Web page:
“You’ve got to create a strong storyline, a great narrative, have a great a great emotional engagement.” said Livingstone.

“But above all, with a game, the gameplay has to be fantastic because people will always buy a game which has great gameplay and poor graphics over something which has great graphics and poor gameplay.” he continued, emphasising the important of gameplay over graphics.

“So when people ask what are the three most important things in a game? I will say gameplay, gameplay, gameplay.”

Livingstone also suggested that being original and creative are key factors in becoming a successful game developer.

“Be true to yourself, do something that you want to do, make something original, be creative, express yourself in your own way and hopefully you’ll find an audience that appreciates what you’do.” he said.

“If you spend your life copying other people, I suspect that will never lead to monetary success and nor will it satisfy your soul. So, be true to yourself, that’s the most important thing you can do.” the Fighting Fantasy author added.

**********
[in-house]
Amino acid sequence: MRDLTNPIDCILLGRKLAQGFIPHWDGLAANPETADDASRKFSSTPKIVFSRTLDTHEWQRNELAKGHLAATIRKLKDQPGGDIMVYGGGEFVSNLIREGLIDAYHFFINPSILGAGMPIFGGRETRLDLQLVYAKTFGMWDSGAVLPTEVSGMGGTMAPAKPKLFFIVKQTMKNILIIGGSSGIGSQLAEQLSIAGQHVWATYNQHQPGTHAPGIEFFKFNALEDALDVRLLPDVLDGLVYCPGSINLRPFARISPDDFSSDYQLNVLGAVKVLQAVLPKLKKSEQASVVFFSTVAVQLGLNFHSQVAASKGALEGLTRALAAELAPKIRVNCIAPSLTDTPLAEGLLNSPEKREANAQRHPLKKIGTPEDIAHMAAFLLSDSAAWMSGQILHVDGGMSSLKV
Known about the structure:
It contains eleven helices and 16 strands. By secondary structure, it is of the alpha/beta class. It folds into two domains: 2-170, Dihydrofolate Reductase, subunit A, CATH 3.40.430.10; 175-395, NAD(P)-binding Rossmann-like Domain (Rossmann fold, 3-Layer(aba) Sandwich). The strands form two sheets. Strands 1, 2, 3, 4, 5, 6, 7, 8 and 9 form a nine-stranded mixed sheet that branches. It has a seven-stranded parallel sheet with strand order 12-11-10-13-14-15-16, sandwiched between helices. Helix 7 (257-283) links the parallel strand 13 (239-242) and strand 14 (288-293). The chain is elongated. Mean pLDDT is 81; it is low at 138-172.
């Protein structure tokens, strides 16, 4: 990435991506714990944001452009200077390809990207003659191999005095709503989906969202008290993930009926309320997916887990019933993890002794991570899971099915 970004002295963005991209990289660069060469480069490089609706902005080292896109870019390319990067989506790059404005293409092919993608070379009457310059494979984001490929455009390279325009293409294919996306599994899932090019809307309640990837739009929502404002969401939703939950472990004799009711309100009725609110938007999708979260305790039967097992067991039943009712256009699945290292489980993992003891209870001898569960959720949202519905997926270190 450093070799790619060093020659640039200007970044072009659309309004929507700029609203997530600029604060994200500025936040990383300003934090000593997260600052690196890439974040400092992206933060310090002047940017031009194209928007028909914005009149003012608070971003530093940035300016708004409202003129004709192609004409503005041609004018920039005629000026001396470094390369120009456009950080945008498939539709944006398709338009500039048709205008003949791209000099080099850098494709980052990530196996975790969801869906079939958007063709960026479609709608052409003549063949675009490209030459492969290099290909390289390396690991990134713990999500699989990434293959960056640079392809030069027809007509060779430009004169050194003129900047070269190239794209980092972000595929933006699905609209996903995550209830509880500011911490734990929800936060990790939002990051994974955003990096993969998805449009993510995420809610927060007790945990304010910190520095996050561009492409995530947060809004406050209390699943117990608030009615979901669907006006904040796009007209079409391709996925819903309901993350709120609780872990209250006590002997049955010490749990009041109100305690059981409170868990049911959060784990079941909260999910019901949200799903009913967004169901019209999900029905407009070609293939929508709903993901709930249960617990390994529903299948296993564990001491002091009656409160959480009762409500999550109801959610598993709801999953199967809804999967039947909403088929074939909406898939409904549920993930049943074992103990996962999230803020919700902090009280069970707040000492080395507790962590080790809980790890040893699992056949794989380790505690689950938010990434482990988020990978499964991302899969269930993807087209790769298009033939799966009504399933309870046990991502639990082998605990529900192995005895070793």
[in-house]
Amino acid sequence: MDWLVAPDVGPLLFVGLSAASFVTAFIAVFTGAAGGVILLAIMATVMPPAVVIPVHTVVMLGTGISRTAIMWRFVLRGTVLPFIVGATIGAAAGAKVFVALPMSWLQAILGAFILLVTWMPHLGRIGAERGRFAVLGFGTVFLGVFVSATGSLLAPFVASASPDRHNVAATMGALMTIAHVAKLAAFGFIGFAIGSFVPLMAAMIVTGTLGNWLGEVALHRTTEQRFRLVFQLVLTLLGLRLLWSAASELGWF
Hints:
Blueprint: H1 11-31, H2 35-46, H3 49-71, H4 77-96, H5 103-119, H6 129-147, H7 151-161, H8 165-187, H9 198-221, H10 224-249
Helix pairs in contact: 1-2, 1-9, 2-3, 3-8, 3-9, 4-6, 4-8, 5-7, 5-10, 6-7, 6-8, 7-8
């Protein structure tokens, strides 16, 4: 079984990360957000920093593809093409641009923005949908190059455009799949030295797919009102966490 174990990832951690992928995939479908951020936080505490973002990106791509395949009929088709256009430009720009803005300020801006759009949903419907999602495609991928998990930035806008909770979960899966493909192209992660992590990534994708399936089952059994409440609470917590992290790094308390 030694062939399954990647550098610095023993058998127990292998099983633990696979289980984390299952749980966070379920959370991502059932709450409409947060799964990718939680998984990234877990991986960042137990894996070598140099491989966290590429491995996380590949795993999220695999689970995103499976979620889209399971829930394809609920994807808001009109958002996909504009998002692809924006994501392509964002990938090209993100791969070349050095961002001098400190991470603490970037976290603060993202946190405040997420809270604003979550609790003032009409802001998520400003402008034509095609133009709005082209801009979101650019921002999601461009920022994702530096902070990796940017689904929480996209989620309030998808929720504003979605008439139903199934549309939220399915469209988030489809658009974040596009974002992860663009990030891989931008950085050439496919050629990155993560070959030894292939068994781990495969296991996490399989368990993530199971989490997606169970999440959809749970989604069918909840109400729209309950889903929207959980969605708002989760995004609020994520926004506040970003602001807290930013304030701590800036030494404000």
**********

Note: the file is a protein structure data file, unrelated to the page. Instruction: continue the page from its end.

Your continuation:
Ian Livingstone was one of a number of industry figures who aided in mentoring Train2Game students taking part in Make Something Unreal Live last April. The Games Workshop co-founder said he was “delighted” to be part of the initiative, which saw teams creating games based on Fighting Fantasy novels.

The full interview with Ian Livingstone, covering everything from Fighting Fantasy, to game design and Make Something Unreal Live will be published later today.

In the meantime, there’s more Ian Livingstone news here on The Train2Game Blog, while you can also catch up with last week’s Develop Conference coverage.

Do you agree with Livingstone that gameplay is by far the most important thing in making a good game?